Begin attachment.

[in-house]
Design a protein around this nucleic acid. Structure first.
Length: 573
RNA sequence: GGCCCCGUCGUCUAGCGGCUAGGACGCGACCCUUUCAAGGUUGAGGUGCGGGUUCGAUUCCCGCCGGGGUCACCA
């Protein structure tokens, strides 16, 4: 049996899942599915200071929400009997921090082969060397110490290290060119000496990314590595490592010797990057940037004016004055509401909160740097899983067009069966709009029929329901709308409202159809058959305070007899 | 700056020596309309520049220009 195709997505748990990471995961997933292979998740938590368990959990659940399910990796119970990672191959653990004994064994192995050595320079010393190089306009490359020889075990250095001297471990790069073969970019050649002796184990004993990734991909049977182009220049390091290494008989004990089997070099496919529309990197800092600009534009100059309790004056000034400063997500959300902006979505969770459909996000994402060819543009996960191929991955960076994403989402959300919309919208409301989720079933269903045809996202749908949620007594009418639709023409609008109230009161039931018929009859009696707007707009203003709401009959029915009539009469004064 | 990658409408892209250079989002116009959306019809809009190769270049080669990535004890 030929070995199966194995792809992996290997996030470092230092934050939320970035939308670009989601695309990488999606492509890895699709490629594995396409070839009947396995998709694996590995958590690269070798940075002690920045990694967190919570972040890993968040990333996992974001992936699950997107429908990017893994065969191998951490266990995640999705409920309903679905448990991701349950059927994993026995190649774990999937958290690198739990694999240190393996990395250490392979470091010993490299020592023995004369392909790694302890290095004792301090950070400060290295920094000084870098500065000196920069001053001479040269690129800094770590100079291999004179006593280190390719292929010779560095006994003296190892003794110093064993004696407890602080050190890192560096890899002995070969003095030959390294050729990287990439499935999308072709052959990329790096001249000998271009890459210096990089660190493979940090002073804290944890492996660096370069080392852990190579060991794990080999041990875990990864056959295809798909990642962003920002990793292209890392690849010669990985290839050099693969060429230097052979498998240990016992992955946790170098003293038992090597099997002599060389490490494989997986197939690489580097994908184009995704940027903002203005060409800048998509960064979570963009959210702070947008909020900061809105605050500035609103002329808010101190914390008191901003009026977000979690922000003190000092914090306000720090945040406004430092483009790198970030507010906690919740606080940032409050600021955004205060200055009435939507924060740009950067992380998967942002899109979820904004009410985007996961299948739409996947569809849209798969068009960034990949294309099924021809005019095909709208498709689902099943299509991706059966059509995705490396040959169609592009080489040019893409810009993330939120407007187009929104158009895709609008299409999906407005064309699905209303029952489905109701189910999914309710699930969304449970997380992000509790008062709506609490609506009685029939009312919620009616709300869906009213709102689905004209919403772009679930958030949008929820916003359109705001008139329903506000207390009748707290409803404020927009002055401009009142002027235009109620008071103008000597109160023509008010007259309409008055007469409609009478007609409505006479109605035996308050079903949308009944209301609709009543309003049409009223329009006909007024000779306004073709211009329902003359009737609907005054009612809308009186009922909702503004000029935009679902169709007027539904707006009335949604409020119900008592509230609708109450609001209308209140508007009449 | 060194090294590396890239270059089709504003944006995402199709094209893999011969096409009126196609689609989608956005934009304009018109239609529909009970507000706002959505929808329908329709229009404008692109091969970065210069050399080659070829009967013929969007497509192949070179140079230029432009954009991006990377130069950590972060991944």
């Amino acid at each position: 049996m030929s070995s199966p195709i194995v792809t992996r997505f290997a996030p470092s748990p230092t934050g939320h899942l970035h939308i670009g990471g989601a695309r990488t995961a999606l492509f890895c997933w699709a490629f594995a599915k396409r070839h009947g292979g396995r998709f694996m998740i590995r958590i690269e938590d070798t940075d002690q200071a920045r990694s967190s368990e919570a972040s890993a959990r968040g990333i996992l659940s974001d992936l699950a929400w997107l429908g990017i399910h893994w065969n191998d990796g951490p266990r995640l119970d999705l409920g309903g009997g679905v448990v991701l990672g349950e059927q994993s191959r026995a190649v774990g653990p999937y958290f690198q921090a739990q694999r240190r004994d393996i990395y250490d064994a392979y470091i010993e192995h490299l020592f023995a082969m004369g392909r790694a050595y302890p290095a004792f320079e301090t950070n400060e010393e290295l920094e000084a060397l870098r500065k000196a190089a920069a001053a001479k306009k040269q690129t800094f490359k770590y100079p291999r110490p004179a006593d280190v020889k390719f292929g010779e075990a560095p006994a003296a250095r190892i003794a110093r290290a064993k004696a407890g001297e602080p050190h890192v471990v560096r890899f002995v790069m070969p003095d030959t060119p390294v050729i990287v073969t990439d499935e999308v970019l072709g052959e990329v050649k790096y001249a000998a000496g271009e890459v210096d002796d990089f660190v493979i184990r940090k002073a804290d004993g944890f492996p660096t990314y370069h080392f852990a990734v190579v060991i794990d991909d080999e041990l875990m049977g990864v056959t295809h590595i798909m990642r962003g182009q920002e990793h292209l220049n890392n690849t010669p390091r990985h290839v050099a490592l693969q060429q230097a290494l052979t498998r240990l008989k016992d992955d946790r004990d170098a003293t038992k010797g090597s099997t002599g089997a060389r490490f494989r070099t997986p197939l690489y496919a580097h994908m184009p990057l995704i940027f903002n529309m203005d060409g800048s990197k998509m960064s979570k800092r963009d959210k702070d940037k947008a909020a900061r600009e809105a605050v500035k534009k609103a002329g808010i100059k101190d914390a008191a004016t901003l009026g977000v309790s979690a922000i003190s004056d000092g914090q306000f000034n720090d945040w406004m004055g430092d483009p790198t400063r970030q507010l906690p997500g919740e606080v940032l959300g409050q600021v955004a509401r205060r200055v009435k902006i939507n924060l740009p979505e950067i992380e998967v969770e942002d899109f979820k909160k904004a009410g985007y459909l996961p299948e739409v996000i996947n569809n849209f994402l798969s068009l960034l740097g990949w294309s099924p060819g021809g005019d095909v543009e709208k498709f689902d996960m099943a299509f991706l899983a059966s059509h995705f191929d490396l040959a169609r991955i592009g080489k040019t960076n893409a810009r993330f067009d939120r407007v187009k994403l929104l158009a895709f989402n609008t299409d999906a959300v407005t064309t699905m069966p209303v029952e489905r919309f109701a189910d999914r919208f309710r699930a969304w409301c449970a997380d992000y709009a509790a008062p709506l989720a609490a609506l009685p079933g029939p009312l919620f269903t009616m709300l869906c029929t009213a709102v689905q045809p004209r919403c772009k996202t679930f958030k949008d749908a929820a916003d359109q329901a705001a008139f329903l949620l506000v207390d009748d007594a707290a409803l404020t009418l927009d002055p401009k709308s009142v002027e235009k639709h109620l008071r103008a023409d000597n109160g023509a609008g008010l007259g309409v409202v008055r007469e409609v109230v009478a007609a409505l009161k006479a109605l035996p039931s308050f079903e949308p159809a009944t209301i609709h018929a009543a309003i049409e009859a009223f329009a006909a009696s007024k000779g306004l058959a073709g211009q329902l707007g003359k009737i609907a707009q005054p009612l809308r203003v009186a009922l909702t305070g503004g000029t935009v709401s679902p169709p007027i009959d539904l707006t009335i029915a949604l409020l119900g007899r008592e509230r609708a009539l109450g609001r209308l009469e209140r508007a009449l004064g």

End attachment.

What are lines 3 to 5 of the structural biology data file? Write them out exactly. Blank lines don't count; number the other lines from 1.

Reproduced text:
Length: 573
RNA sequence: GGCCCCGUCGUCUAGCGGCUAGGACGCGACCCUUUCAAGGUUGAGGUGCGGGUUCGAUUCCCGCCGGGGUCACCA
């Protein structure tokens, strides 16, 4: 049996899942599915200071929400009997921090082969060397110490290290060119000496990314590595490592010797990057940037004016004055509401909160740097899983067009069966709009029929329901709308409202159809058959305070007899 | 700056020596309309520049220009 195709997505748990990471995961997933292979998740938590368990959990659940399910990796119970990672191959653990004994064994192995050595320079010393190089306009490359020889075990250095001297471990790069073969970019050649002796184990004993990734991909049977182009220049390091290494008989004990089997070099496919529309990197800092600009534009100059309790004056000034400063997500959300902006979505969770459909996000994402060819543009996960191929991955960076994403989402959300919309919208409301989720079933269903045809996202749908949620007594009418639709023409609008109230009161039931018929009859009696707007707009203003709401009959029915009539009469004064 | 990658409408892209250079989002116009959306019809809009190769270049080669990535004890 030929070995199966194995792809992996290997996030470092230092934050939320970035939308670009989601695309990488999606492509890895699709490629594995396409070839009947396995998709694996590995958590690269070798940075002690920045990694967190919570972040890993968040990333996992974001992936699950997107429908990017893994065969191998951490266990995640999705409920309903679905448990991701349950059927994993026995190649774990999937958290690198739990694999240190393996990395250490392979470091010993490299020592023995004369392909790694302890290095004792301090950070400060290295920094000084870098500065000196920069001053001479040269690129800094770590100079291999004179006593280190390719292929010779560095006994003296190892003794110093064993004696407890602080050190890192560096890899002995070969003095030959390294050729990287990439499935999308072709052959990329790096001249000998271009890459210096990089660190493979940090002073804290944890492996660096370069080392852990190579060991794990080999041990875990990864056959295809798909990642962003920002990793292209890392690849010669990985290839050099693969060429230097052979498998240990016992992955946790170098003293038992090597099997002599060389490490494989997986197939690489580097994908184009995704940027903002203005060409800048998509960064979570963009959210702070947008909020900061809105605050500035609103002329808010101190914390008191901003009026977000979690922000003190000092914090306000720090945040406004430092483009790198970030507010906690919740606080940032409050600021955004205060200055009435939507924060740009950067992380998967942002899109979820904004009410985007996961299948739409996947569809849209798969068009960034990949294309099924021809005019095909709208498709689902099943299509991706059966059509995705490396040959169609592009080489040019893409810009993330939120407007187009929104158009895709609008299409999906407005064309699905209303029952489905109701189910999914309710699930969304449970997380992000509790008062709506609490609506009685029939009312919620009616709300869906009213709102689905004209919403772009679930958030949008929820916003359109705001008139329903506000207390009748707290409803404020927009002055401009009142002027235009109620008071103008000597109160023509008010007259309409008055007469409609009478007609409505006479109605035996308050079903949308009944209301609709009543309003049409009223329009006909007024000779306004073709211009329902003359009737609907005054009612809308009186009922909702503004000029935009679902169709007027539904707006009335949604409020119900008592509230609708109450609001209308209140508007009449 | 060194090294590396890239270059089709504003944006995402199709094209893999011969096409009126196609689609989608956005934009304009018109239609529909009970507000706002959505929808329908329709229009404008692109091969970065210069050399080659070829009967013929969007497509192949070179140079230029432009954009991006990377130069950590972060991944």